Book review: Brave Molly, by Brooke Boynton-Hughes

Boynton-Hughes, Brooke. Brave Molly. Chronicle Books, 2019. $16.99. ISBN 9781452161006. Unpaged. Ages 4-8. P7 Q7

Molly is looking out her window when she sees a shadow-like creature. She draws the character and then wads up the paper and throws it away. The creature multiplies as it follows her. She climbs a tree to get away from the creatures. Molly gets frustrated at the monsters and balls her fists. When she shouts at the monsters, they leave and Molly’s face looks hopeful. As she walks away, she notices another monster. When she shares her book with a friend and says “hi,” the monster leaves. Except for the bright red jacket that Molly wears, the illustrations are brown, green, light blue, and grey tones.

Verdict: With the book being wordless, one is able to make captions in their head and create the narrative. It shows that once children face their fear, the fear leaves. This is a non-threatening book for readers to use to gather courage.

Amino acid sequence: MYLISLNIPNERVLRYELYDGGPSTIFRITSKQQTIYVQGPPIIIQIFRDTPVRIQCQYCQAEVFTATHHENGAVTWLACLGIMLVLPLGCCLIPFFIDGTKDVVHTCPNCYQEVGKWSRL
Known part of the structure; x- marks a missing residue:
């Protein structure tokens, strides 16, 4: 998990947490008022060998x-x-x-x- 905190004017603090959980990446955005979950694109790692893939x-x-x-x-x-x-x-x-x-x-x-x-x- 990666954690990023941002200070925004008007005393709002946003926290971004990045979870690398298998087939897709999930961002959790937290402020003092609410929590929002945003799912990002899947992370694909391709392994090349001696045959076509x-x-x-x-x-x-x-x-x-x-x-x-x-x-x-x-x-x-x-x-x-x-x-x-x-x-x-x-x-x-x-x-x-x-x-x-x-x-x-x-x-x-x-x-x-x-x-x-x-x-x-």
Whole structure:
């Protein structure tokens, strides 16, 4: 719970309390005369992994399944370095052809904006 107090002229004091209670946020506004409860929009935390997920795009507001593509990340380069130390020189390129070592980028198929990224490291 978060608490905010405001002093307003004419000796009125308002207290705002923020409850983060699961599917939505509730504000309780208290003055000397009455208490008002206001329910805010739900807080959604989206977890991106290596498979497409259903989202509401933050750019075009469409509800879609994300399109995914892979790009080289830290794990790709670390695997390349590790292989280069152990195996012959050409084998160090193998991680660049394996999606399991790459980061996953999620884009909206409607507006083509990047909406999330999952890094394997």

December 2019 review by Tami Harris.

Book review: Fly!, by Mark Teague

Teague, Mark. Fly! Beach Lane Books, 2019. Unpaged. $17.99. ISBN 9781534451285. Ages 3-6. P7 Q8

A small, round fledgling robin has grown too big for the nest, but no matter how the mother robin cajoles and describes the delights of flight, the baby robin refuses.  Even when the very hungry baby falls out of the nest in a tantrum, it refuses to fly.  Only as night approaches and the mother describes the dangers of dogs, cats, and owls, does the baby finally take the leap into flight.

Verdict:  I am not sure how Mark Teague manages to convey such a wide range of emotions on the faces of the mother and baby birds.  His use of space and color is simple, yet entirely effective in telling this wordless story of the baby bird leaving the nest.  Highly recommended for kindergarten through elementary and public library collections. Also, consider it as a possible graduation gift for students leaving high school or college.

December 2019 review by Jane Cothron.

Book review: Field Trip to the Moon, by John Hare

Hare, John. Field Trip to the Moon. Margaret Ferguson Books, 2019. $17.99. ISBN 9780823442539. Unpaged. Ages 4-8. P7 Q8